Mark Needham

Thoughts on Software Development

Pair Programming: It’s not about equal keyboard time

with 6 comments

My colleague Nick Carroll recently blogged some ideas about what to do if your pair is hogging the keyboard, suggesting using a timer which keeps track of how long each person has had at the keyboard as a useful way of ensuring that both people in the pair stay more engaged.

While I can see the thinking behind this I think it is addressing the wrong problem.

From my experience we don’t always want to be moving the keyboard between the two people quickly at all times – I have certainly seen times where it makes sense for one person to be spending more time at the keyboard than the other.

A particular example of this is when there is a difference in experience between the two people at the particular skills required to complete the task they’re working on.

On a project I worked on around 18 months ago I was struggling to stay engaged as the navigator as I didn’t really understand what was going on and the half/half split in keyboard time wasn’t really helping.

Chatting with a more experienced colleague about this at the time he suggested that when I paired with him he was perfectly happy to spend the majority of the time navigating while I drove so that I could get more understanding around the code base and become more useful to the team.

This colleague was clearly keeping the big picture in mind and I haven’t come across a situation since then where someone acted so selflessly for the benefit of the team.

The lesson for me from this situation is that sometimes it makes sense for the person who can gain most from driving to do so more frequently.

The other thing I think Nick’s post is suggesting is that the only way for you to be engaged in a pair is when you are at the keyboard, which I don’t believe to be correct.

The role of the navigator shouldn’t be underestimated as when it’s done well it provides a very good complement to the person driving as that person is taking a bigger picture view of what the pair are working on and ensuring that the code being written is still fitting in with the rest of the system. Dahlia has written an informative post about some of the things that she does when navigating in a pair.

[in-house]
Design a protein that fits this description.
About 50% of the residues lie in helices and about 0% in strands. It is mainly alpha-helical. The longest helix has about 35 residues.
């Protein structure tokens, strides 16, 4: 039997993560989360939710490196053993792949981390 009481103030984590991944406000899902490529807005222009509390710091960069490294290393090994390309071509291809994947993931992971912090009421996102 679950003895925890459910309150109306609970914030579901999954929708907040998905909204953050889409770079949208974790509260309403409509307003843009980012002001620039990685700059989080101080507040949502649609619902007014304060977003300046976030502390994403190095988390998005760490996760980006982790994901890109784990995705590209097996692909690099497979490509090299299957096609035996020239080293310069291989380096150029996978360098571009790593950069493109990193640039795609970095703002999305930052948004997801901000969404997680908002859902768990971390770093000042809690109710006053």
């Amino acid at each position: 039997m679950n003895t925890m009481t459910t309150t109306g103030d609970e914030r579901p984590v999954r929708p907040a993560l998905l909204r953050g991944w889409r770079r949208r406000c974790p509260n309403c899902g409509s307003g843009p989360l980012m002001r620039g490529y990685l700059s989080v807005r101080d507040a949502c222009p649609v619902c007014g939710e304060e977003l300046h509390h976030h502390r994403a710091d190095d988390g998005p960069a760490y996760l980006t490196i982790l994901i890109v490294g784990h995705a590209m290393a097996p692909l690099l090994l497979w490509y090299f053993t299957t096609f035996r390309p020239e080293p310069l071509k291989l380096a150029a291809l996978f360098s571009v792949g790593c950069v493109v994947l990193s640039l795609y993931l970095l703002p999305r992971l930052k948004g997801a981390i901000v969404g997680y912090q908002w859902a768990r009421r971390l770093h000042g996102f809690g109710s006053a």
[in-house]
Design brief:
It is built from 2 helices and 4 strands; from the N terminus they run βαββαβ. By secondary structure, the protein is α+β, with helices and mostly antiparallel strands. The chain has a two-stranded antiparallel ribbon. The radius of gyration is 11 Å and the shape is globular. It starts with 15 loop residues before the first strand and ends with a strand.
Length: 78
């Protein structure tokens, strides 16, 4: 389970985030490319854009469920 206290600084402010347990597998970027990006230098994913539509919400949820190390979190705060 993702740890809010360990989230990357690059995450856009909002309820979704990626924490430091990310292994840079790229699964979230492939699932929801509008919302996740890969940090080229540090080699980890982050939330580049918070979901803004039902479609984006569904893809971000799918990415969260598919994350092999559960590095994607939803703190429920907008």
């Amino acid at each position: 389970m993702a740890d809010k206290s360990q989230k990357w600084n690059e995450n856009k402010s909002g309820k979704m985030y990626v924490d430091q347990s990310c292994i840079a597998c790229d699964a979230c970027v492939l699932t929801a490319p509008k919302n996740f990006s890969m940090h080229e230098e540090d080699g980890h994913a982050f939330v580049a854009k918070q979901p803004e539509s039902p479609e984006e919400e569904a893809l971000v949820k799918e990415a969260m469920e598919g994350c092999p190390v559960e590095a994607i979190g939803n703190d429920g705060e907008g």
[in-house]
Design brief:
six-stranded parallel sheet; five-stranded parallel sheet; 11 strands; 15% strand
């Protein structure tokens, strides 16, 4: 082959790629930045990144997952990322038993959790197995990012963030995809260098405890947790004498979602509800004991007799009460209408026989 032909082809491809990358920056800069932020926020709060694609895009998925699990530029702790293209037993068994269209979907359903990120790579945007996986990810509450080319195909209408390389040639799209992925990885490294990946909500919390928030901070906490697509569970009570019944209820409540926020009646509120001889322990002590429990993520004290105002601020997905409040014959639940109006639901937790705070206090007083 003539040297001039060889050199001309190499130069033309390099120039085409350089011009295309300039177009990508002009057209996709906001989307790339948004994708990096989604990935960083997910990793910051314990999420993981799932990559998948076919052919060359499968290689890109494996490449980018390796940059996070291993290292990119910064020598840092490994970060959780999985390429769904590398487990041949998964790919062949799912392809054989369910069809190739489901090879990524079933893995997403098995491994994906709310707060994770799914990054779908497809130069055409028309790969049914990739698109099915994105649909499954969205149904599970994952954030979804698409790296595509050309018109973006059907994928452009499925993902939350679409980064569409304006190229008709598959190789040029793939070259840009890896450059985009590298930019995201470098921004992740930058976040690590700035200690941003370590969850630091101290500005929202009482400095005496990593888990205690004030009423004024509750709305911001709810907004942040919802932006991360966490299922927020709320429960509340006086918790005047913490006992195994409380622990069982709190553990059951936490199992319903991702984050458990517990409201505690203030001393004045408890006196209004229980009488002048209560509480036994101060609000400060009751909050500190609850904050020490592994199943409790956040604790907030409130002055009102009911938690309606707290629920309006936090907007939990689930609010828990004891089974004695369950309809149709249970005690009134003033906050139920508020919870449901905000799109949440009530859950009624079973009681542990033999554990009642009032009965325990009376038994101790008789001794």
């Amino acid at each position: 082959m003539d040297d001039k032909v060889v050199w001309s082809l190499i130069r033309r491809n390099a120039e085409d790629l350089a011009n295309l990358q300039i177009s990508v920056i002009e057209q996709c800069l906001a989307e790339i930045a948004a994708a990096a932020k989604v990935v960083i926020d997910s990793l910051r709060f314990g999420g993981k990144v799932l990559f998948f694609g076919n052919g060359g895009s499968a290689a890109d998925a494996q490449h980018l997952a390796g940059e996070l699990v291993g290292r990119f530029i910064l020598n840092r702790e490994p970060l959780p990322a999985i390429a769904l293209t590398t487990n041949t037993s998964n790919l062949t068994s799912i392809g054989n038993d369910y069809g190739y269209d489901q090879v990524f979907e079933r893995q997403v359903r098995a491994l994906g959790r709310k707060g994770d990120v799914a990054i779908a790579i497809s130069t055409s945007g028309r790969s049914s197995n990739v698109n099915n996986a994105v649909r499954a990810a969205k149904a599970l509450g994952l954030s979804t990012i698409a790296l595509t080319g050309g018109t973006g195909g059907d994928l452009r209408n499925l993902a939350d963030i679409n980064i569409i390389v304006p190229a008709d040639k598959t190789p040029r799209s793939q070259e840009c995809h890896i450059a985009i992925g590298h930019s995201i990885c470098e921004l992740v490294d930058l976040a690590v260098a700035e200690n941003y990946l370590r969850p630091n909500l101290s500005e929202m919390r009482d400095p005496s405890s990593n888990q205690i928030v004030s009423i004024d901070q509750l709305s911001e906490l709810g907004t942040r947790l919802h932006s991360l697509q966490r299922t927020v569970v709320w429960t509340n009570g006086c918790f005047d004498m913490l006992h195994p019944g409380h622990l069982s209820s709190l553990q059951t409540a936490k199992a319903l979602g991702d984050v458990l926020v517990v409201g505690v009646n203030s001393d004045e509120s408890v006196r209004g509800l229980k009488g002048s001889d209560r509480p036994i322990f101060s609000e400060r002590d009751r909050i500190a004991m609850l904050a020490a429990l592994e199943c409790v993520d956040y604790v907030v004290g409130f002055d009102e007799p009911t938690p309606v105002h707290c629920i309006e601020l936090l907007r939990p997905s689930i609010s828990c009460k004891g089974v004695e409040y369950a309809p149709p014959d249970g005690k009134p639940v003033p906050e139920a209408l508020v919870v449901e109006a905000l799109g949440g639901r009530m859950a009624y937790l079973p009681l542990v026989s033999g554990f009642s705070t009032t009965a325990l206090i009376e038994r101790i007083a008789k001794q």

Another idea Dan suggested to me is to commentate on what you think is happening/what the other person is doing at the keyboard when you’re navigating and feeling a bit lost.

I’ve spent quite a bit of time working with Lu Ning on some Javascript on our project recently and have been trying out this approach there and I think it’s helped me to understand things better although clearly it takes a lot of patience from the driver if you take this approach.

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Written by Mark Needham

May 23rd, 2009 at 4:35 pm

Posted in Pair Programming

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  • Great points, Mark. I often get the feeling that many people who want to practice XP and Agile are looking for formulaic answers and rigid practices for how things should be done. This is precisely not Agile! The whole point is to do what works, not what is “fair” or “equal”.

    I also appreciate your point regarding the idea of “passivity” on the part of the person who is not at the keyboard. I find myself equally engaged in both driver and navigator roles. Each are productive in their own way.

  • Jeff! That’s exactly what I’ve been saying/thinking for the past year, being agile is doing what *works*! Finally, someone understands!

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  • I believe that there are actually two types of experience level differences that can exist within a pair:
    1. Development experience/skill
    2. Experience with the code base that you are working in

    I’ve found that both can have an impact on how much I am able to contribute (regardless of whether I am a driver or navigator). One of the best ways that I’ve found to help bridge the experience divide is to have a 5 minute chat at the beginning of the pairing slot, focusing on things like:
    – The work that has already been done in trying to implement the solution
    – What the implementation options were/are and whether a path forward has been chosen
    – How similar/related stories/tasks have been implemented in the code base
    – What exactly an XYZWidget is and why/how it gets created by a FooBar

    A 5 minute chat accompanied sometimes with a quick whiteboard sketch can mean the difference between thinking to yourself ‘what are we doing here?’ and ‘so then we just need to do X and then Y….’

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